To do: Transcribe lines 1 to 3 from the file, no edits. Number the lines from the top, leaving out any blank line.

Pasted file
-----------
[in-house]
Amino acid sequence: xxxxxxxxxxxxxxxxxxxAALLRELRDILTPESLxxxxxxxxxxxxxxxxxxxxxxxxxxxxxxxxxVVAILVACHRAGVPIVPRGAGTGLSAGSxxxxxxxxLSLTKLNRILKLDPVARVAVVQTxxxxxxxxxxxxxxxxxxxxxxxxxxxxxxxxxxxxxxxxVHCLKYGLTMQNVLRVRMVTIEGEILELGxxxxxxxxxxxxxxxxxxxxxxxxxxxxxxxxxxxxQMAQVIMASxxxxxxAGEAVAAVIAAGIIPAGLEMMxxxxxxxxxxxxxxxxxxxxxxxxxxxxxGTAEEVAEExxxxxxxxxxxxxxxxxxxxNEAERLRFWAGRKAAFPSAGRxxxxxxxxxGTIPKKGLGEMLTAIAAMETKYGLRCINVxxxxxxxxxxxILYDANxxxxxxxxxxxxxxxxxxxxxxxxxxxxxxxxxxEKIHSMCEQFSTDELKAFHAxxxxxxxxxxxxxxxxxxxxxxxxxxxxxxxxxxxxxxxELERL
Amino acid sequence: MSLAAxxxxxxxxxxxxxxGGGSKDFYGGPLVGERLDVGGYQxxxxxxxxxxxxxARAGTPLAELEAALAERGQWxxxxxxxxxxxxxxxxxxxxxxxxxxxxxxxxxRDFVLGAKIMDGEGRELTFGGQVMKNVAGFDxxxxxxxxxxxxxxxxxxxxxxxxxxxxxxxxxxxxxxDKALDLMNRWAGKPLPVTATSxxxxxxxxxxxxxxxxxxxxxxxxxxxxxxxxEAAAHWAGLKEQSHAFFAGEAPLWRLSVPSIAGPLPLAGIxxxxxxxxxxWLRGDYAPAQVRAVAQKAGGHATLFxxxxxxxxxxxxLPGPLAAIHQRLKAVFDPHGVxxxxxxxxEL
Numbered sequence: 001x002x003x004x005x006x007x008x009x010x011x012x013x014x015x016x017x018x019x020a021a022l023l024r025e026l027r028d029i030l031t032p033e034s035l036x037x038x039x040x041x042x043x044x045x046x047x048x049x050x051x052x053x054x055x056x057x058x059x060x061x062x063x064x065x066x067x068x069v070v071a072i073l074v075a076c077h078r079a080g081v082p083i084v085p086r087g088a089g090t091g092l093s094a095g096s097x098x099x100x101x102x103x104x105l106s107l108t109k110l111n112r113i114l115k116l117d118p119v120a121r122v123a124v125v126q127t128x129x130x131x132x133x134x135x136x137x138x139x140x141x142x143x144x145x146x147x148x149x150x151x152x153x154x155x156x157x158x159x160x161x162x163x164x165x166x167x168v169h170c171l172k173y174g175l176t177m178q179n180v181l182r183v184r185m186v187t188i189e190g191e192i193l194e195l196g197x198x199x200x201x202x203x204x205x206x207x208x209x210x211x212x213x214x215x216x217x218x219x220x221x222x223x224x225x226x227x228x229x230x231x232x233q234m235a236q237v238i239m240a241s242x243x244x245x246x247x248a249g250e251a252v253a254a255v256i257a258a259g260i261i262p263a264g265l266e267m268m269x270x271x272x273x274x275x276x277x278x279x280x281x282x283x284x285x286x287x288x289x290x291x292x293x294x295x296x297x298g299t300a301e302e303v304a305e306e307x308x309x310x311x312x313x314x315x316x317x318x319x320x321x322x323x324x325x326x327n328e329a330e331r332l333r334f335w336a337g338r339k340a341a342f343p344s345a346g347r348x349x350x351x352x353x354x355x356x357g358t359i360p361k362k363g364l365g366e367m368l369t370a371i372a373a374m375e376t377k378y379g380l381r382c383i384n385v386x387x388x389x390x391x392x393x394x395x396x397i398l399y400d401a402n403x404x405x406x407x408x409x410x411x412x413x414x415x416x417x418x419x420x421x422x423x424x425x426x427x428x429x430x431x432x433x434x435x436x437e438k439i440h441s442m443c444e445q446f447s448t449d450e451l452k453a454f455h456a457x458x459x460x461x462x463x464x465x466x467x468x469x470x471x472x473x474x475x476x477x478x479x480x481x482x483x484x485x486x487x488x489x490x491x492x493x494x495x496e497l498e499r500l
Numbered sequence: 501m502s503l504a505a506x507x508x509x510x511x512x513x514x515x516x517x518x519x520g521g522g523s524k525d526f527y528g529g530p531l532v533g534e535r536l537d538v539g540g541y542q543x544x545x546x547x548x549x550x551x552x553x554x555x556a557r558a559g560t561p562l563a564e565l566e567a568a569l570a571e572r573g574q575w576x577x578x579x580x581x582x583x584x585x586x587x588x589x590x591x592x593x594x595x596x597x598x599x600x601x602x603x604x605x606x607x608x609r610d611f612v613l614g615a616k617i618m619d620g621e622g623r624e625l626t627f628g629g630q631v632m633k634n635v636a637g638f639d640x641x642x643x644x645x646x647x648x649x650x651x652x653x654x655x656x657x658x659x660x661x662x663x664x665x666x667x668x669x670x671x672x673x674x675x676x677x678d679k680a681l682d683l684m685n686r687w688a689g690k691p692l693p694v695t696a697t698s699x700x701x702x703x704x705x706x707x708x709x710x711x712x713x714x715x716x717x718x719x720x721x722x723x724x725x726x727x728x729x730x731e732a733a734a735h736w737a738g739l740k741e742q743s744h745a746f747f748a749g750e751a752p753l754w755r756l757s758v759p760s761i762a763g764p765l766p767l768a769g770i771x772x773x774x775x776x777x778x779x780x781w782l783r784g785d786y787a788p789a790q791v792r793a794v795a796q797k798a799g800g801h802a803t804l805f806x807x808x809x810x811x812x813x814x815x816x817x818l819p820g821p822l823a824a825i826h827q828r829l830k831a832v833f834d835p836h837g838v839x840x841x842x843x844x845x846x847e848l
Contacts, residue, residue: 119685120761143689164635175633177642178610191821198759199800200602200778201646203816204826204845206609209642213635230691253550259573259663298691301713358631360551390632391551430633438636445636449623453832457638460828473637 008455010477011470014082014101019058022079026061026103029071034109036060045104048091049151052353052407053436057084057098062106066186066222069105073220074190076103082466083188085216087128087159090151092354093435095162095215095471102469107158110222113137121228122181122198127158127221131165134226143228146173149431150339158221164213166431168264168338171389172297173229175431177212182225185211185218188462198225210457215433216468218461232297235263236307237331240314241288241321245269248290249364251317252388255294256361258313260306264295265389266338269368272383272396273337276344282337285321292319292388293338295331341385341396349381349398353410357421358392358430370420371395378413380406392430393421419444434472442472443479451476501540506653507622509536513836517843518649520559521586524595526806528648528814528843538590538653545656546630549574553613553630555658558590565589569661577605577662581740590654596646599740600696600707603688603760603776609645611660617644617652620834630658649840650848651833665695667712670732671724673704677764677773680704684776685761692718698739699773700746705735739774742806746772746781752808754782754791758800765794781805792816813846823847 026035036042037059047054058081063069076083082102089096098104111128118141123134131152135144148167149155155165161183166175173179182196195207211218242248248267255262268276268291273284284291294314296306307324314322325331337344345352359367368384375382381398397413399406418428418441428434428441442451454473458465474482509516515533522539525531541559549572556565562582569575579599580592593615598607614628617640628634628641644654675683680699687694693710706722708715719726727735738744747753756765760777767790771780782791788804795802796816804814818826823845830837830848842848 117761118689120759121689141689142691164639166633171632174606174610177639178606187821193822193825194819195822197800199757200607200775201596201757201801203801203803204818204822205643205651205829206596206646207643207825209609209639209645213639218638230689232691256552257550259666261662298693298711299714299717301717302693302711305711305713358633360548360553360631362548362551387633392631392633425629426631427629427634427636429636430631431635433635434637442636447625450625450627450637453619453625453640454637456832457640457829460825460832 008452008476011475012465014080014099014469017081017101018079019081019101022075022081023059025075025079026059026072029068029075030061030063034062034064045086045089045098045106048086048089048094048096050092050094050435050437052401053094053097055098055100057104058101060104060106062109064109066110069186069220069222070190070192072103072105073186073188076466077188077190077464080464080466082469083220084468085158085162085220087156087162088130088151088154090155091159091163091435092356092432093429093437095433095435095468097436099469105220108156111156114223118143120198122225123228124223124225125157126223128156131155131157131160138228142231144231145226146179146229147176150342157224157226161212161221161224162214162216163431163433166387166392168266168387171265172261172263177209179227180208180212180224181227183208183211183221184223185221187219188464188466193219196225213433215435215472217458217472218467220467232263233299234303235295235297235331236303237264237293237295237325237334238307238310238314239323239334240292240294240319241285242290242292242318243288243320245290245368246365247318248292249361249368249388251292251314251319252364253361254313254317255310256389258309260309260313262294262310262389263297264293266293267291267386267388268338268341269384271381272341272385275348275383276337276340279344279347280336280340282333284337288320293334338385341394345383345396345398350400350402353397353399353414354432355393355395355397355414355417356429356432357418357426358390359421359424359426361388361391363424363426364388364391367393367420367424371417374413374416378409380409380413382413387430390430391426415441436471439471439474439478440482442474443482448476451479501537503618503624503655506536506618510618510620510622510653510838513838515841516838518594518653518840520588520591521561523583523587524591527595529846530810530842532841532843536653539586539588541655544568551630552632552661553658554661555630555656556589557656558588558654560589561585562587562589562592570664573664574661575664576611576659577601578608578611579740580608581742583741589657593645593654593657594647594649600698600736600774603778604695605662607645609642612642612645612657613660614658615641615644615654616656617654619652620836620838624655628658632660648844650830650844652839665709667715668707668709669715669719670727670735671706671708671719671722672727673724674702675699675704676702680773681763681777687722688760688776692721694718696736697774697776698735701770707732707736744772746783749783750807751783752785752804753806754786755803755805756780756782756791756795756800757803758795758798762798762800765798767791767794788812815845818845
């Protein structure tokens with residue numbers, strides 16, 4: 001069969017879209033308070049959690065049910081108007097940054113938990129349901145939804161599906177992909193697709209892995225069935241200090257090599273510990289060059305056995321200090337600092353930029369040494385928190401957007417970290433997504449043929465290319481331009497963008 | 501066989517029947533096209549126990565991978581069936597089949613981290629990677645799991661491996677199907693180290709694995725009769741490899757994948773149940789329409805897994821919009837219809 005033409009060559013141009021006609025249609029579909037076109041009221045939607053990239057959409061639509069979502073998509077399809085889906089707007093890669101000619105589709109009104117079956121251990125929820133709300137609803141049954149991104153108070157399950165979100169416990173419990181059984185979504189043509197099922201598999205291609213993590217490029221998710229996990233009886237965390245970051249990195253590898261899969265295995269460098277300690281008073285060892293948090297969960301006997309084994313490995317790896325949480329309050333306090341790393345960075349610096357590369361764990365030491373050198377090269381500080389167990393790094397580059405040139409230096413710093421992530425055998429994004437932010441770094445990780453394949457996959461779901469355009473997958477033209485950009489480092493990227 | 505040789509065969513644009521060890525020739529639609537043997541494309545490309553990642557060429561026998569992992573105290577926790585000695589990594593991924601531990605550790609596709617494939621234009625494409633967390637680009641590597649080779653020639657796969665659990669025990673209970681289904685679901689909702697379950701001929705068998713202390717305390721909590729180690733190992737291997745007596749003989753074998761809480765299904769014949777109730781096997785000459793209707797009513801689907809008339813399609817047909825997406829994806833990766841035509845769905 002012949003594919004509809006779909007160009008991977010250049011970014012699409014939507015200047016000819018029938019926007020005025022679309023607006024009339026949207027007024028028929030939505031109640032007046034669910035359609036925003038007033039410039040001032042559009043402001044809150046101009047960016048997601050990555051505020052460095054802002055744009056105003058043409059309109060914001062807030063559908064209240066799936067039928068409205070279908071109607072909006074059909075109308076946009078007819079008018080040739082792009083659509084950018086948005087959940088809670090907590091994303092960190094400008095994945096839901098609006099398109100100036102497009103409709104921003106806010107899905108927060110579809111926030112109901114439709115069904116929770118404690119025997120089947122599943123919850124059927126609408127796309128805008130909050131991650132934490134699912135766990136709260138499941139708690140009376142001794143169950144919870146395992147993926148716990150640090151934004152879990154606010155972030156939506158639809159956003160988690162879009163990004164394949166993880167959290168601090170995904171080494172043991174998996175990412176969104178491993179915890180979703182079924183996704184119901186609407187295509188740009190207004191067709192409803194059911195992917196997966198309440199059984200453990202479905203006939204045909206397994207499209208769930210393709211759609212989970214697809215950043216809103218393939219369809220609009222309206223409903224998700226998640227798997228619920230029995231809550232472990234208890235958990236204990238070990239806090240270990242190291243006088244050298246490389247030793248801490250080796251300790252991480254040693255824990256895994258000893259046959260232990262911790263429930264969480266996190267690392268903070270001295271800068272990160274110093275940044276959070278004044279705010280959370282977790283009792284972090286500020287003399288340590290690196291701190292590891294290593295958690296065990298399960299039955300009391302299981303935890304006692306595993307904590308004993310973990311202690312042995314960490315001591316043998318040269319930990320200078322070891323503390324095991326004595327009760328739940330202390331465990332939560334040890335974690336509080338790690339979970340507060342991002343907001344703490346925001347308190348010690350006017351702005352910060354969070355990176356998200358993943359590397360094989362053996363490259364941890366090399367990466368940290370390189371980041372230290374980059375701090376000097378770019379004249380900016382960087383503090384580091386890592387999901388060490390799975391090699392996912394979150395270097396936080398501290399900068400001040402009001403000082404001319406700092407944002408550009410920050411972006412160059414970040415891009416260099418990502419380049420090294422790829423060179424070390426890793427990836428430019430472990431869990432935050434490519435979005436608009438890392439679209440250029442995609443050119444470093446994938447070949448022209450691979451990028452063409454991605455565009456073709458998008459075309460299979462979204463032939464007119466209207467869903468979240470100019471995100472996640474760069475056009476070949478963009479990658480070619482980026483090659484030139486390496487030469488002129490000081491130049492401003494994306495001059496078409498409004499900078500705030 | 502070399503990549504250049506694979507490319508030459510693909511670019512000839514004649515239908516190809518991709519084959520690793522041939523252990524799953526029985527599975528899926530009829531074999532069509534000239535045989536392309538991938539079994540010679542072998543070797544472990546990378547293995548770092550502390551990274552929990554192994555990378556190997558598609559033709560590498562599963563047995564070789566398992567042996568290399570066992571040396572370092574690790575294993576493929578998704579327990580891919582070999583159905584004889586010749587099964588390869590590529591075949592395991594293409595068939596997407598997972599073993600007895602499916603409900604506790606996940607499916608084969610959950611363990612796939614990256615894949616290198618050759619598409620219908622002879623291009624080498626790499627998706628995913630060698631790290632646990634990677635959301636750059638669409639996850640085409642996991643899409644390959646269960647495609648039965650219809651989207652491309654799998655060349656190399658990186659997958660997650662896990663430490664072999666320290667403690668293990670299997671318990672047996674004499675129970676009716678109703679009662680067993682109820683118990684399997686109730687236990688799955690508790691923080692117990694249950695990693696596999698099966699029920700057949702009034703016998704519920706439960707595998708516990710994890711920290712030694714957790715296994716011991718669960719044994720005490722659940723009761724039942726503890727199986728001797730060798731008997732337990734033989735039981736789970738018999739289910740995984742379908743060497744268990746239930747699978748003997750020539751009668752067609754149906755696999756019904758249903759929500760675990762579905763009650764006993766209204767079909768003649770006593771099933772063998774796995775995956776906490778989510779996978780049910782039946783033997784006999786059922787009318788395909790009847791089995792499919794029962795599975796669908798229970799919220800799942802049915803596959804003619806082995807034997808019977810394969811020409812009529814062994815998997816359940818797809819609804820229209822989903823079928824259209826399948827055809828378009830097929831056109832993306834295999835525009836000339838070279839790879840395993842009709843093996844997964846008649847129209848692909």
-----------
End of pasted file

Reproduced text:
[in-house]
Amino acid sequence: xxxxxxxxxxxxxxxxxxxAALLRELRDILTPESLxxxxxxxxxxxxxxxxxxxxxxxxxxxxxxxxxVVAILVACHRAGVPIVPRGAGTGLSAGSxxxxxxxxLSLTKLNRILKLDPVARVAVVQTxxxxxxxxxxxxxxxxxxxxxxxxxxxxxxxxxxxxxxxxVHCLKYGLTMQNVLRVRMVTIEGEILELGxxxxxxxxxxxxxxxxxxxxxxxxxxxxxxxxxxxxQMAQVIMASxxxxxxAGEAVAAVIAAGIIPAGLEMMxxxxxxxxxxxxxxxxxxxxxxxxxxxxxGTAEEVAEExxxxxxxxxxxxxxxxxxxxNEAERLRFWAGRKAAFPSAGRxxxxxxxxxGTIPKKGLGEMLTAIAAMETKYGLRCINVxxxxxxxxxxxILYDANxxxxxxxxxxxxxxxxxxxxxxxxxxxxxxxxxxEKIHSMCEQFSTDELKAFHAxxxxxxxxxxxxxxxxxxxxxxxxxxxxxxxxxxxxxxxELERL
Amino acid sequence: MSLAAxxxxxxxxxxxxxxGGGSKDFYGGPLVGERLDVGGYQxxxxxxxxxxxxxARAGTPLAELEAALAERGQWxxxxxxxxxxxxxxxxxxxxxxxxxxxxxxxxxRDFVLGAKIMDGEGRELTFGGQVMKNVAGFDxxxxxxxxxxxxxxxxxxxxxxxxxxxxxxxxxxxxxxDKALDLMNRWAGKPLPVTATSxxxxxxxxxxxxxxxxxxxxxxxxxxxxxxxxEAAAHWAGLKEQSHAFFAGEAPLWRLSVPSIAGPLPLAGIxxxxxxxxxxWLRGDYAPAQVRAVAQKAGGHATLFxxxxxxxxxxxxLPGPLAAIHQRLKAVFDPHGVxxxxxxxxEL